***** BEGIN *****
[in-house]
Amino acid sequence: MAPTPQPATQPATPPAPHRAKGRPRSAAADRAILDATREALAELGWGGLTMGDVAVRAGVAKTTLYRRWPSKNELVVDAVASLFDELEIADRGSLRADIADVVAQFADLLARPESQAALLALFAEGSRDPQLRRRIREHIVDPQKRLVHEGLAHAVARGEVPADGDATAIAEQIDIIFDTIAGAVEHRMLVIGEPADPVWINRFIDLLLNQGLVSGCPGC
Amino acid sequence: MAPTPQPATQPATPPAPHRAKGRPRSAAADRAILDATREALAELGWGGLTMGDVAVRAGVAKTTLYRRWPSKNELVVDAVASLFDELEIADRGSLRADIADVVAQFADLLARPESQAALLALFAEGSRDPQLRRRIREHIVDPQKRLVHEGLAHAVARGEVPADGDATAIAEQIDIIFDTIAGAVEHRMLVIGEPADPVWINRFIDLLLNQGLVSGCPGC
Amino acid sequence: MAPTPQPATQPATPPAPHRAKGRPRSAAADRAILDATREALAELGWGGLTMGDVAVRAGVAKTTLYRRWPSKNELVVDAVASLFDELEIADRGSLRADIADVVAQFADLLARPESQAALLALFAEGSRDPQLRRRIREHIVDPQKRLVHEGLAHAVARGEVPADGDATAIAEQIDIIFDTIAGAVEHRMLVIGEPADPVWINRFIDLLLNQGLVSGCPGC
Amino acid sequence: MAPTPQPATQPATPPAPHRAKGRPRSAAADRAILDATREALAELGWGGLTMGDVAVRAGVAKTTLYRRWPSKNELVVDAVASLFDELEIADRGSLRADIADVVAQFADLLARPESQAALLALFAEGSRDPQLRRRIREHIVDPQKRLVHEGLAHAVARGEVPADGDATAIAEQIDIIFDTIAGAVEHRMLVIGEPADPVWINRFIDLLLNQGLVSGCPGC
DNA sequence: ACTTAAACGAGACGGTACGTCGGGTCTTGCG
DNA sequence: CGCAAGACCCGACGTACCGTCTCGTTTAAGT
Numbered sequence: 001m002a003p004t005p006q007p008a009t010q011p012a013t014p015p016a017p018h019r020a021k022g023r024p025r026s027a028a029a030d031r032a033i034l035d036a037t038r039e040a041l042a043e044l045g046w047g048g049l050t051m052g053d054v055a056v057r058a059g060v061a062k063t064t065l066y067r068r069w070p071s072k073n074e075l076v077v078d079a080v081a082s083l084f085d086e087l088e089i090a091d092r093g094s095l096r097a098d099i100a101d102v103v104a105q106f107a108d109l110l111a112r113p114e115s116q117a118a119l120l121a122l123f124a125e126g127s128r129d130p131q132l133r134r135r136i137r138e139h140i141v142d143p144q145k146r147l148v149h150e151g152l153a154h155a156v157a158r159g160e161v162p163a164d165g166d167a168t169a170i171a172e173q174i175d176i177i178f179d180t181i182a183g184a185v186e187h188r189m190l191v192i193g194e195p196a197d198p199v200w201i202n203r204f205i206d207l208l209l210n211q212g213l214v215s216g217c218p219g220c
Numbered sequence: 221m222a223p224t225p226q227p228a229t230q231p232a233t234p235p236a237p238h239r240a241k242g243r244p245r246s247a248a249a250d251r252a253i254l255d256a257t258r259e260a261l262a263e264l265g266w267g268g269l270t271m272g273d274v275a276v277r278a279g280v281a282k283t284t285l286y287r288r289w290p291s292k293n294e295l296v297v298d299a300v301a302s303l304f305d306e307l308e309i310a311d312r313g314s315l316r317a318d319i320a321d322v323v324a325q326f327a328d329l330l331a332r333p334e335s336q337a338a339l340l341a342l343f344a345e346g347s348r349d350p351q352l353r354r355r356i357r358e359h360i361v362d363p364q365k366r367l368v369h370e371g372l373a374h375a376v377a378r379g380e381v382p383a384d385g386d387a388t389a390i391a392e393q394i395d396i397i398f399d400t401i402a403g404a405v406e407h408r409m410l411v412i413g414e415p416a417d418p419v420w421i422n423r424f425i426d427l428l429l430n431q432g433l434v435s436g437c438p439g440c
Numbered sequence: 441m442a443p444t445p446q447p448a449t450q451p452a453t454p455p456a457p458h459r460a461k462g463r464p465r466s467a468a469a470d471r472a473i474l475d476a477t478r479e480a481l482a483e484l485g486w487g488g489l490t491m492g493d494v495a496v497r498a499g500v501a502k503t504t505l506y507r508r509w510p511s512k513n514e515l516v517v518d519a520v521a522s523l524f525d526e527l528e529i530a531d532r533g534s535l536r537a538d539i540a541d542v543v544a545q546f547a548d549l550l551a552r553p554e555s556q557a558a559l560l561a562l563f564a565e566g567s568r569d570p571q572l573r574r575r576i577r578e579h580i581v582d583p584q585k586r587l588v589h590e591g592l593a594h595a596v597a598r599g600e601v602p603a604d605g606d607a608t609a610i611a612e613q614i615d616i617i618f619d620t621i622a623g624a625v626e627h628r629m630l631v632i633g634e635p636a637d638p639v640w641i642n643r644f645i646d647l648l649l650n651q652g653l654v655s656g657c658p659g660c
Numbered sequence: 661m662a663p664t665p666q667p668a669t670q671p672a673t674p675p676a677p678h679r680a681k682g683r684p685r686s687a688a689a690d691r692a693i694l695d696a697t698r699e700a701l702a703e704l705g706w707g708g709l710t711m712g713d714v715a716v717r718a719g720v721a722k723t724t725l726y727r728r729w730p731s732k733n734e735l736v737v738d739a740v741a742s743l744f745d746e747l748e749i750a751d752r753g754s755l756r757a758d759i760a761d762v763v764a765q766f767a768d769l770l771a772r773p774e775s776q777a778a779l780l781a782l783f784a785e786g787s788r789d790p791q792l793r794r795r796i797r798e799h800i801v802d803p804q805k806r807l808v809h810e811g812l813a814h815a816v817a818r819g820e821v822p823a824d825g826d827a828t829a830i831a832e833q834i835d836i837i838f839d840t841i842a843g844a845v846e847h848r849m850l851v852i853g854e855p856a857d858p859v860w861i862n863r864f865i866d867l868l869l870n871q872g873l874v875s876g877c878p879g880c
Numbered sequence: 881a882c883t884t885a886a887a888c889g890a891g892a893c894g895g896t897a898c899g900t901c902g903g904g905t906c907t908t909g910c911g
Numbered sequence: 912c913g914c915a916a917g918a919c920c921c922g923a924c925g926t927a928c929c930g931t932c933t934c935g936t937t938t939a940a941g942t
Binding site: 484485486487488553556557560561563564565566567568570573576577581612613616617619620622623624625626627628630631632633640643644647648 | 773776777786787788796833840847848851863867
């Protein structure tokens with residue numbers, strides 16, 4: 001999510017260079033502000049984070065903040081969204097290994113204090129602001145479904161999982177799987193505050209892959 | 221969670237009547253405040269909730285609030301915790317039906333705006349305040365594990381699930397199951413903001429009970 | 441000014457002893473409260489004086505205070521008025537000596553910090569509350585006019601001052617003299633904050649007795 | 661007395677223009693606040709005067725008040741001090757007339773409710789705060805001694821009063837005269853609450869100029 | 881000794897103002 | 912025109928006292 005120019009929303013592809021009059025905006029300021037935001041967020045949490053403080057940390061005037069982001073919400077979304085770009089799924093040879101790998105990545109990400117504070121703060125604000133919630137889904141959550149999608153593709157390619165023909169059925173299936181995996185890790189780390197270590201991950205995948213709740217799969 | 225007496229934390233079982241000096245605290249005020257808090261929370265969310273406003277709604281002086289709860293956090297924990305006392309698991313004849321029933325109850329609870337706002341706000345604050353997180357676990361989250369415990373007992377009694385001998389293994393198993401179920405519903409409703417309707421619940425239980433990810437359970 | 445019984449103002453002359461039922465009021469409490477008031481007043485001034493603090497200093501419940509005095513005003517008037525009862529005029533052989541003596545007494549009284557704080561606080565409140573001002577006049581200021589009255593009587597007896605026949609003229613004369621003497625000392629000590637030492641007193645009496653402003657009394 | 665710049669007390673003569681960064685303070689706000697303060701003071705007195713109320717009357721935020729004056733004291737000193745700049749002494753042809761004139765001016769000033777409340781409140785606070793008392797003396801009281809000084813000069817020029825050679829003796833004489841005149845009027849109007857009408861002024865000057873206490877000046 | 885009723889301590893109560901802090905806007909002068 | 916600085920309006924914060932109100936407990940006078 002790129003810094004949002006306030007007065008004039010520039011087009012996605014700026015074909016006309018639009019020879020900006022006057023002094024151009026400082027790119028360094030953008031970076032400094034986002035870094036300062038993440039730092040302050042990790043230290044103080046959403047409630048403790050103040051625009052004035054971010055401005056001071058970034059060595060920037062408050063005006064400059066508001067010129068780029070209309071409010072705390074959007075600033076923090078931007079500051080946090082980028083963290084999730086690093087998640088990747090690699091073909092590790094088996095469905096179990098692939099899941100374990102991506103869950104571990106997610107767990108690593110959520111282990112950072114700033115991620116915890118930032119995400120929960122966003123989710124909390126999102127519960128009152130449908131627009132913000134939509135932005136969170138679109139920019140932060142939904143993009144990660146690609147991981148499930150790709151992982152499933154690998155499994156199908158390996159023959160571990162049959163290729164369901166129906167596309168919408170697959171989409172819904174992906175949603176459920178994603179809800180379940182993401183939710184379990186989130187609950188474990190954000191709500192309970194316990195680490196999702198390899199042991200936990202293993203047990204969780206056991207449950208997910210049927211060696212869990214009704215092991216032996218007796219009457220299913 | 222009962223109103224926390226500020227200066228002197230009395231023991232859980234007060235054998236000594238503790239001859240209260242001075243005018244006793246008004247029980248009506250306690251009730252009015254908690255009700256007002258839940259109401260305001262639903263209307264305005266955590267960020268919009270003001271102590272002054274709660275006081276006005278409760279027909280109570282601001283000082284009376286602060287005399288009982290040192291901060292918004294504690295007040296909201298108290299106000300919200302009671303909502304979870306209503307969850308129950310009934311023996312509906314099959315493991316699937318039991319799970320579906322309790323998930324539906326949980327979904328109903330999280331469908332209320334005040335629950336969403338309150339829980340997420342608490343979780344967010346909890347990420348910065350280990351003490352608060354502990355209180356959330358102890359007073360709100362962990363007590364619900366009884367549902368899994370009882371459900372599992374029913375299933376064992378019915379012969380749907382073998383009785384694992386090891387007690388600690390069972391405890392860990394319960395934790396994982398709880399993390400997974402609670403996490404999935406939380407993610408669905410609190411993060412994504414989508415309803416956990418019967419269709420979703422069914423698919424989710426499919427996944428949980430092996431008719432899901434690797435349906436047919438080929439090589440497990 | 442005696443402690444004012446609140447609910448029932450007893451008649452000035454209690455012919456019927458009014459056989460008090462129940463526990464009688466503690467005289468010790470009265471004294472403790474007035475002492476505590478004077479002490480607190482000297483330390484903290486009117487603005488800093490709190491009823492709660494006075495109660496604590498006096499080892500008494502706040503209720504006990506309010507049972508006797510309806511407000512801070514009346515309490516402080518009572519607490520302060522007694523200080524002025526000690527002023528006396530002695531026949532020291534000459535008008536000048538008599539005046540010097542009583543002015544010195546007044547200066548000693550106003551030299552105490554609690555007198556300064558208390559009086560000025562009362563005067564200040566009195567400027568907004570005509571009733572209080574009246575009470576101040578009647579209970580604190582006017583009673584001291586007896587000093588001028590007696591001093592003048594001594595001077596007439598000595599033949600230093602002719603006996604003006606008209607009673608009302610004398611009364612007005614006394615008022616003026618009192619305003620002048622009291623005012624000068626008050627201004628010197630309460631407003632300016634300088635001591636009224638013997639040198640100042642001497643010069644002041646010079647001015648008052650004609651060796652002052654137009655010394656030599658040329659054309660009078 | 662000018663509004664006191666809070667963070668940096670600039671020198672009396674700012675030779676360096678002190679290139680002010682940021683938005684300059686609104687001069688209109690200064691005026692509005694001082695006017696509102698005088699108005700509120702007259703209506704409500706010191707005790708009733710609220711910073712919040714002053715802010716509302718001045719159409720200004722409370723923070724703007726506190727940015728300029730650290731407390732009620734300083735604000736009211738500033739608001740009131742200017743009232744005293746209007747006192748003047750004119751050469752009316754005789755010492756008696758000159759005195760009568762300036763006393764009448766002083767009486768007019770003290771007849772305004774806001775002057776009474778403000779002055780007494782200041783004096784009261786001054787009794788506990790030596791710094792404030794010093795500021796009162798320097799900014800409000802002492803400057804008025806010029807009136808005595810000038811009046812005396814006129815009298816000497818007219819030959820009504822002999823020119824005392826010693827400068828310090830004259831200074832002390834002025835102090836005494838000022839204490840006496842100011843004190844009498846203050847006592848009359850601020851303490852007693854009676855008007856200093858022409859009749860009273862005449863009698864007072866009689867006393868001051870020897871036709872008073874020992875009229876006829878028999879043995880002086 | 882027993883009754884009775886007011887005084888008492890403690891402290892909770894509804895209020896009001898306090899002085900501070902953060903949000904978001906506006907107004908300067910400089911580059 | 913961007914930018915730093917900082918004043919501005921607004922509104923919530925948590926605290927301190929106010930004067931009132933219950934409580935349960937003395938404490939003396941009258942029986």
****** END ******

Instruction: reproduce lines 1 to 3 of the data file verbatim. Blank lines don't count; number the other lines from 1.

[in-house]
Amino acid sequence: MAPTPQPATQPATPPAPHRAKGRPRSAAADRAILDATREALAELGWGGLTMGDVAVRAGVAKTTLYRRWPSKNELVVDAVASLFDELEIADRGSLRADIADVVAQFADLLARPESQAALLALFAEGSRDPQLRRRIREHIVDPQKRLVHEGLAHAVARGEVPADGDATAIAEQIDIIFDTIAGAVEHRMLVIGEPADPVWINRFIDLLLNQGLVSGCPGC
Amino acid sequence: MAPTPQPATQPATPPAPHRAKGRPRSAAADRAILDATREALAELGWGGLTMGDVAVRAGVAKTTLYRRWPSKNELVVDAVASLFDELEIADRGSLRADIADVVAQFADLLARPESQAALLALFAEGSRDPQLRRRIREHIVDPQKRLVHEGLAHAVARGEVPADGDATAIAEQIDIIFDTIAGAVEHRMLVIGEPADPVWINRFIDLLLNQGLVSGCPGC